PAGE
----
Penn State loses a starting cornerback and safety from last year, but they will replace them with experienced upperclassmen. Junior safety Lamont Wade — who put his name in the transfer portal earlier in the year before backing out — could be the guy at strong safety. He was a former 5-star cornerback in the 2017 recruiting class. He played in every game last year, posting 18 tackles. The other new starter is junior cornerback Tariq Castro-Fields, who started twice last year and put up 32 tackles and seven PBUs. He should be able to step right in and provide a veteran presence in a secondary full of guys like him. Senior free safety Garrett Taylor started 12 games last year, finishing with 71 tackles, 2.5 tackles for loss, seven PBUs, and a team-high three interceptions. Senior cornerback John Reid has 27 career starts. He broke up eight passes last season and picked off two passes. There are also some intriguing players looking to provide depth. Junior college safety Jaquan Brisker wasn’t brought over to simply watch. In fact, he is in a battle with Wade for a starting spot right now. Sophomore safety Jonathan Sutherland started once last year and finished with 38 tackles off the bench. The safeties are here, but can the corners go three deep?
5. Maryland Terrapins (51)
Tino Ellis and Marcus Lewis give the Terps a pair of senior cornerbacks with plenty of starting experience. Both are 6-foot-1 and over 190 pounds, so they have the size to match up against bigger receivers. Can they handle the smaller guys too? Ellis broke up 11 passes and intercepted one last year. There is still a competition going on at free safety between sophomore Jordan Mosley, freshman Nick Cross, and sophomore Deon Jones. Mosley played linebacker last year, but was pretty good. Cross was one of the top safeties in the 2019 class, but he is still learning. Strong safety will be senior Antoine Brooks, who was a second-team all-conference selection last year as a hybrid safety/linebacker in Maryland’s old defense. He should be just fine at strong safety. Sophomore Kenny Bennett is looking like the nickel, and at 6-foot-2, he gives the Terps another big defender. With so many big corners and two safeties who played quite a bit of linebacker last year, how is this group going to do against quick receivers, of which they are many in the Big Ten East?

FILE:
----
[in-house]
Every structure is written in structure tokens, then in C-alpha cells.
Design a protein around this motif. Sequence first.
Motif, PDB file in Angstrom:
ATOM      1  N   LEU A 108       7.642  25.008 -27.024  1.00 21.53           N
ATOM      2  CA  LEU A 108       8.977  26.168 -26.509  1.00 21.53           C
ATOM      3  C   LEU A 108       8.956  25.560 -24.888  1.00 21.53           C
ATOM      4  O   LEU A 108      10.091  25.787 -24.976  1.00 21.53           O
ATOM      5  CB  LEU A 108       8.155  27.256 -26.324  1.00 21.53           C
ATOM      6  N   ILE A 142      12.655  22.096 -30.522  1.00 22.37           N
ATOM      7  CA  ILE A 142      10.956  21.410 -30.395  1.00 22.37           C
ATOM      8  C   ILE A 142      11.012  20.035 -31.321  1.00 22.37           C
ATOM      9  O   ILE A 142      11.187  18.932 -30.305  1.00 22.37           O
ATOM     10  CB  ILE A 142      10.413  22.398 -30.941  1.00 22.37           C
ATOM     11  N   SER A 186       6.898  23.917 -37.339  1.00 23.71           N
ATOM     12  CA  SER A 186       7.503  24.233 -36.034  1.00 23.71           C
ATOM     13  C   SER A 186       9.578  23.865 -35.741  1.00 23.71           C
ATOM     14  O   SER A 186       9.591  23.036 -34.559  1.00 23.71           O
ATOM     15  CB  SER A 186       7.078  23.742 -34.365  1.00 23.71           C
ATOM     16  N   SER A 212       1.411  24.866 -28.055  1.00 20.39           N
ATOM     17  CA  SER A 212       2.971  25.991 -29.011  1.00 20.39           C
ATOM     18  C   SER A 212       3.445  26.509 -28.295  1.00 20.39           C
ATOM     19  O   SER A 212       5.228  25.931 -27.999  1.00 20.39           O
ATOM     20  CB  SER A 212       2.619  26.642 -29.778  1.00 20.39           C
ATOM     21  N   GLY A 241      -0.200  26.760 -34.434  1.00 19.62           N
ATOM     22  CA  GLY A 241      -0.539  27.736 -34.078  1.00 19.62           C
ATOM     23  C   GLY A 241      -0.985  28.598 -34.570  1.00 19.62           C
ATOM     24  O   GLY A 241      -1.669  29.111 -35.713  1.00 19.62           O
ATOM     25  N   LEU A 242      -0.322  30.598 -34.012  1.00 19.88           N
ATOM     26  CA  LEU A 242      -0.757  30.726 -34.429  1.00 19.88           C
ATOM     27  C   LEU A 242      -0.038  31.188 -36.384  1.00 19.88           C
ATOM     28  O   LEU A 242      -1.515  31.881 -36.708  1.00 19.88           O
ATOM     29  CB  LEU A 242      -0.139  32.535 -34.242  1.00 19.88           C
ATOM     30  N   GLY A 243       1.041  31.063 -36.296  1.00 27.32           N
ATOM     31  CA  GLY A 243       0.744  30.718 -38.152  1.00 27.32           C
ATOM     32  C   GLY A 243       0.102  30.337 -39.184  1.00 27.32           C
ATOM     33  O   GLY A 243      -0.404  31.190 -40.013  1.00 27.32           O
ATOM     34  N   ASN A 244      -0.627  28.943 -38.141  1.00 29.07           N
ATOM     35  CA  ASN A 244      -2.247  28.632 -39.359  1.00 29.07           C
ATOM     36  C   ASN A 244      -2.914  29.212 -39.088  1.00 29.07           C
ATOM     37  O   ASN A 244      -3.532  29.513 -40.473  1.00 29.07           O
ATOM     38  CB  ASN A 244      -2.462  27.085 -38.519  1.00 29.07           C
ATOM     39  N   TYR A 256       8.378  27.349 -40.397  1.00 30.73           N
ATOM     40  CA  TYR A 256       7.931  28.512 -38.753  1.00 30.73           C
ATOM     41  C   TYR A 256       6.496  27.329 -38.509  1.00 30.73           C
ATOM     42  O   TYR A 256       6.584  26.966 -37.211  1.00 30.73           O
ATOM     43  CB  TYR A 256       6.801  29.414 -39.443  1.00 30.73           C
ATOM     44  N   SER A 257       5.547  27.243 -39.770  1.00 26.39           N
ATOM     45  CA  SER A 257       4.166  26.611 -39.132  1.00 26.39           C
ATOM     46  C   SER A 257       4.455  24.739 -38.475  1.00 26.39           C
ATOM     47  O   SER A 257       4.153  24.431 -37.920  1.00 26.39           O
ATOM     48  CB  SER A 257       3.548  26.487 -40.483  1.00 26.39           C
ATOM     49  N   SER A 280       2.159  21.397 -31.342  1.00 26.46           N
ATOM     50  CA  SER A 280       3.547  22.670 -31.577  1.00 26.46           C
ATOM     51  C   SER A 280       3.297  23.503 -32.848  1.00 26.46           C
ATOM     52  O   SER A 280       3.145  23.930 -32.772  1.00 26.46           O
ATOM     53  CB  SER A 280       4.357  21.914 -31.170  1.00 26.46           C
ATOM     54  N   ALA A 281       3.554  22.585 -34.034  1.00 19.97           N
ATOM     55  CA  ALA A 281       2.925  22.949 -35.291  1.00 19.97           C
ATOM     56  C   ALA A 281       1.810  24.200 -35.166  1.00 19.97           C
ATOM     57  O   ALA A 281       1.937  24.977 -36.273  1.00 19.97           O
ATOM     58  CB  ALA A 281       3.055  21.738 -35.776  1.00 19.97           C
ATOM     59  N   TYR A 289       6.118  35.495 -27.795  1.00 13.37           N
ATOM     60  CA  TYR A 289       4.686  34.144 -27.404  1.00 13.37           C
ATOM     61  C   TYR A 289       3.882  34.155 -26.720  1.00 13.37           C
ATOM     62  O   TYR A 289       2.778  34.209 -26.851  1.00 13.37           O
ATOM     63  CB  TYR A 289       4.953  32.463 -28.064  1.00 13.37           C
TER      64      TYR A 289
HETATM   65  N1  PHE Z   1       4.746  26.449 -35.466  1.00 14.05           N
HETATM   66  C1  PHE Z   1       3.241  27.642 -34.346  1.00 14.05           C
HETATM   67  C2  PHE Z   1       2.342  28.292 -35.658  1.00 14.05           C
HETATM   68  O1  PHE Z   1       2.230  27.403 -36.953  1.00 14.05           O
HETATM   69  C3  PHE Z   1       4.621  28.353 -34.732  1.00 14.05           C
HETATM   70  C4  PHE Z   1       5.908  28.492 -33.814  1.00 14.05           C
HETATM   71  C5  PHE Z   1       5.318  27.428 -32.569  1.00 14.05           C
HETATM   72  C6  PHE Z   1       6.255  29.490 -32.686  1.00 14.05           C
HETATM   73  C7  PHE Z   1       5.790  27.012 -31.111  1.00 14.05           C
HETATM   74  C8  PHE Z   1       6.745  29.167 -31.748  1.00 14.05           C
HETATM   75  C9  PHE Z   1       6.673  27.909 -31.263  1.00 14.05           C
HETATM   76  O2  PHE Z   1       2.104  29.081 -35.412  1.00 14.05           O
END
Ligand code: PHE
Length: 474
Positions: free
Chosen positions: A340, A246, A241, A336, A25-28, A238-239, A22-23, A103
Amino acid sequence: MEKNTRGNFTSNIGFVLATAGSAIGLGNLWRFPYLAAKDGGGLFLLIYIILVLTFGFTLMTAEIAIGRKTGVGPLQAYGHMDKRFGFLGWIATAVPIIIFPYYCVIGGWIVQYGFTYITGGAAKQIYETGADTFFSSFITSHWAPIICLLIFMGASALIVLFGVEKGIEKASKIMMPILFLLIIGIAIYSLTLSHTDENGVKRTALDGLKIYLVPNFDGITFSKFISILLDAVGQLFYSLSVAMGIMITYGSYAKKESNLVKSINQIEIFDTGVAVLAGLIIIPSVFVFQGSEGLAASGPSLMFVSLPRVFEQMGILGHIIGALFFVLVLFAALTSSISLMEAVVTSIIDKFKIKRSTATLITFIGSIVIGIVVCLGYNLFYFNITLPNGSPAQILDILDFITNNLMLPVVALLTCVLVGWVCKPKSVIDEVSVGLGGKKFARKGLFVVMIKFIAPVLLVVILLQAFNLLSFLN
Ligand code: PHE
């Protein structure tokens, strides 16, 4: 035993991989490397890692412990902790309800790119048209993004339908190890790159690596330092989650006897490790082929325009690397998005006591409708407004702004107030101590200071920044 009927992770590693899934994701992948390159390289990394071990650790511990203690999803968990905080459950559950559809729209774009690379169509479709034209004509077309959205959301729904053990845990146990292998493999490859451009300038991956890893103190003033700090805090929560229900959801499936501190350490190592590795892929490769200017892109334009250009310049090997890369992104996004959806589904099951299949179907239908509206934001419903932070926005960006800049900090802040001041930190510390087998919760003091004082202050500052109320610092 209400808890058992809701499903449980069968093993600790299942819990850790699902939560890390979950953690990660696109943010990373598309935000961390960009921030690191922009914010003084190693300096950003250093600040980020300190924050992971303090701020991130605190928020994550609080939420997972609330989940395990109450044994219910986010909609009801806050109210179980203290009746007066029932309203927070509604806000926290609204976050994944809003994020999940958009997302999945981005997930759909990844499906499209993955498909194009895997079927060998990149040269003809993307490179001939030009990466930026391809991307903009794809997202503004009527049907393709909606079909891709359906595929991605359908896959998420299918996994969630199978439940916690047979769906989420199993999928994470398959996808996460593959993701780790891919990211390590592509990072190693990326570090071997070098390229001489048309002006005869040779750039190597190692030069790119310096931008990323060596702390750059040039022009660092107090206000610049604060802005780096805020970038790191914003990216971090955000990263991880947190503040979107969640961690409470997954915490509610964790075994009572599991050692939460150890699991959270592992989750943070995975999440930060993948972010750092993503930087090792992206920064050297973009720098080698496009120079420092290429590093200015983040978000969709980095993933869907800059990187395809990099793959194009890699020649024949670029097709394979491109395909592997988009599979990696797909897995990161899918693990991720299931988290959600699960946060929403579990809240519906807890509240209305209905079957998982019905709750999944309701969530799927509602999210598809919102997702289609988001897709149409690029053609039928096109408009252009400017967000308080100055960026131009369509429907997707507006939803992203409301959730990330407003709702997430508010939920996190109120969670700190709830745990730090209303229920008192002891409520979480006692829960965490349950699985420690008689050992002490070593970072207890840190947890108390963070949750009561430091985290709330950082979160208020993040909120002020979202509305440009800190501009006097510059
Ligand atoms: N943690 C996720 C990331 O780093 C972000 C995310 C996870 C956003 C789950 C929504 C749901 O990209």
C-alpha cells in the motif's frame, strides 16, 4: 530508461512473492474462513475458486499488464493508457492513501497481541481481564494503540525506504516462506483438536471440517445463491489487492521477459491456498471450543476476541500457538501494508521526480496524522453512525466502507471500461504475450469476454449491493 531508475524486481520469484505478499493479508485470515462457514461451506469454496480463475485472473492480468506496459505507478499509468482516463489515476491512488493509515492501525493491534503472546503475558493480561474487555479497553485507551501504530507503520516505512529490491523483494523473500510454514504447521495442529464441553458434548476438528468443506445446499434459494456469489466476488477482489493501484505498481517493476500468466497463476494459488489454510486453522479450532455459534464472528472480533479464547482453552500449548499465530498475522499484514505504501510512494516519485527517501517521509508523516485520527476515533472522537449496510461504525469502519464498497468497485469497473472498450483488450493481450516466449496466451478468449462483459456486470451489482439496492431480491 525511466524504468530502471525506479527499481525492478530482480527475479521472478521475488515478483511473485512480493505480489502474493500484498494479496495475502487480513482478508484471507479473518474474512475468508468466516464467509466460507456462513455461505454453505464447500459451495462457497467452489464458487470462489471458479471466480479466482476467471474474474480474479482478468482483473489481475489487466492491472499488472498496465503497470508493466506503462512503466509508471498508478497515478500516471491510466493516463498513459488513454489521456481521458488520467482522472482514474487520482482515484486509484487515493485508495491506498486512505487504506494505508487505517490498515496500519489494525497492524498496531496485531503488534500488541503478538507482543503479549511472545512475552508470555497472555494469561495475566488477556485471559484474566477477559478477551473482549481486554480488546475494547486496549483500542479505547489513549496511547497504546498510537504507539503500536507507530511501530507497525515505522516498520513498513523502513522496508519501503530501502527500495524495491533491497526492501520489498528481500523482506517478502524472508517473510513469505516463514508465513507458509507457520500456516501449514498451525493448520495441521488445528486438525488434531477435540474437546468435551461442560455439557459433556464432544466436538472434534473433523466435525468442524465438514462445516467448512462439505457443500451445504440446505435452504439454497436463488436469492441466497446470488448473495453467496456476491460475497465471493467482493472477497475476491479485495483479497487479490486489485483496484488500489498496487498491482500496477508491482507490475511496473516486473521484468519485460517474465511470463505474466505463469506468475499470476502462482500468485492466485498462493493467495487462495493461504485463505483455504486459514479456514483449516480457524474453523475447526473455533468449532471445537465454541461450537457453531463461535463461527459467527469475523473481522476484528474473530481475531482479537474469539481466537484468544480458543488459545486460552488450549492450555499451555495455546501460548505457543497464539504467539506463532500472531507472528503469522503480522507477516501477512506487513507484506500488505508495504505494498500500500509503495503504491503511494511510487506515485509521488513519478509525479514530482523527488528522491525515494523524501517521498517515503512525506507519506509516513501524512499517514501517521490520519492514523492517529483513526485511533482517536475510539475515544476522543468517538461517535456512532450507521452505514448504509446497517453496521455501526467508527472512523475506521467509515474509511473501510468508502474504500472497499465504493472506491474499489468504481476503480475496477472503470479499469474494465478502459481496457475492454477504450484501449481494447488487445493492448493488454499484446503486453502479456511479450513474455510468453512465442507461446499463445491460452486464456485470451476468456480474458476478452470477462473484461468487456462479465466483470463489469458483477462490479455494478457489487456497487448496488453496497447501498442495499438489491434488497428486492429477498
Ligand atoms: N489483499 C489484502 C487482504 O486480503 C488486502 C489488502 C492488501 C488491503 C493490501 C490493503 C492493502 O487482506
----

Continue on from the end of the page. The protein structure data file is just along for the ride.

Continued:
6. Rutgers Scarlet Knights (38)
As is the case with most things at Rutgers, the secondary is in a bit of a flux. Malik Dixon looks like the starting safety, but he’s been moved from linebacker and also missed the entire season last year due to suspension. He hasn’t played in a game since junior college. But he’s 6-foot-3 and physical and athletic, so we’ll see. Senior cornerback Damon Hayes had to play safety last year, which didn’t go as well as playing cornerback went for him in 2017. Now he’s back at his preferred location and people are talking about him like he will have an NFL future. Sophomore cornerback Avery Young started 11 games last year, putting up 66 tackles and breaking up 10 passes. That’s pretty darn good for a freshman and more is expected this year. Sophomores Jarrett Paul and Tim Barrow are competing for the free safety spot, but both will play. They combined for seven tackles last season. Redshirt freshman Christian Izien will be the fourth safety this year and he will backup Dixon. Another cornerback to know is former Ohio State commitment Tre Avery, now a junior.
7. Indiana Hoosiers (47)
Indiana employs a hybrid linebacker/safety in Marcelino Ball, but for our purposes, he is part of the linebackers. Some of the safeties may also rotate in there, which is pretty annoying when you’re just trying to rate safeties and cornerbacks. We will stick with just the safeties and cornerbacks here, which is still a sizable quantity of options for the Hoosiers. The starting cornerbacks look like senior Andre Brown, who has 29 career starts, and junior Raheem Layne, who started once as a freshman and seven times as a sophomore. They combined for no interceptions last season. Senior safety Khalil Bryant returns after starting nine games last year, but his job is not guaranteed this season. Indiana comes into this season needing to replace the departed Jonathan Crawford, but they could actually end up starting two new safeties. Redshirt sophomore Jawan Burgess played in every game last year and had 25 tackles. Classmate Bryant Fitzgerald led the team with three interceptions. There are many who expect him to win a job. Sophomore Devon Matthews has good size (6-2 200) and is physical.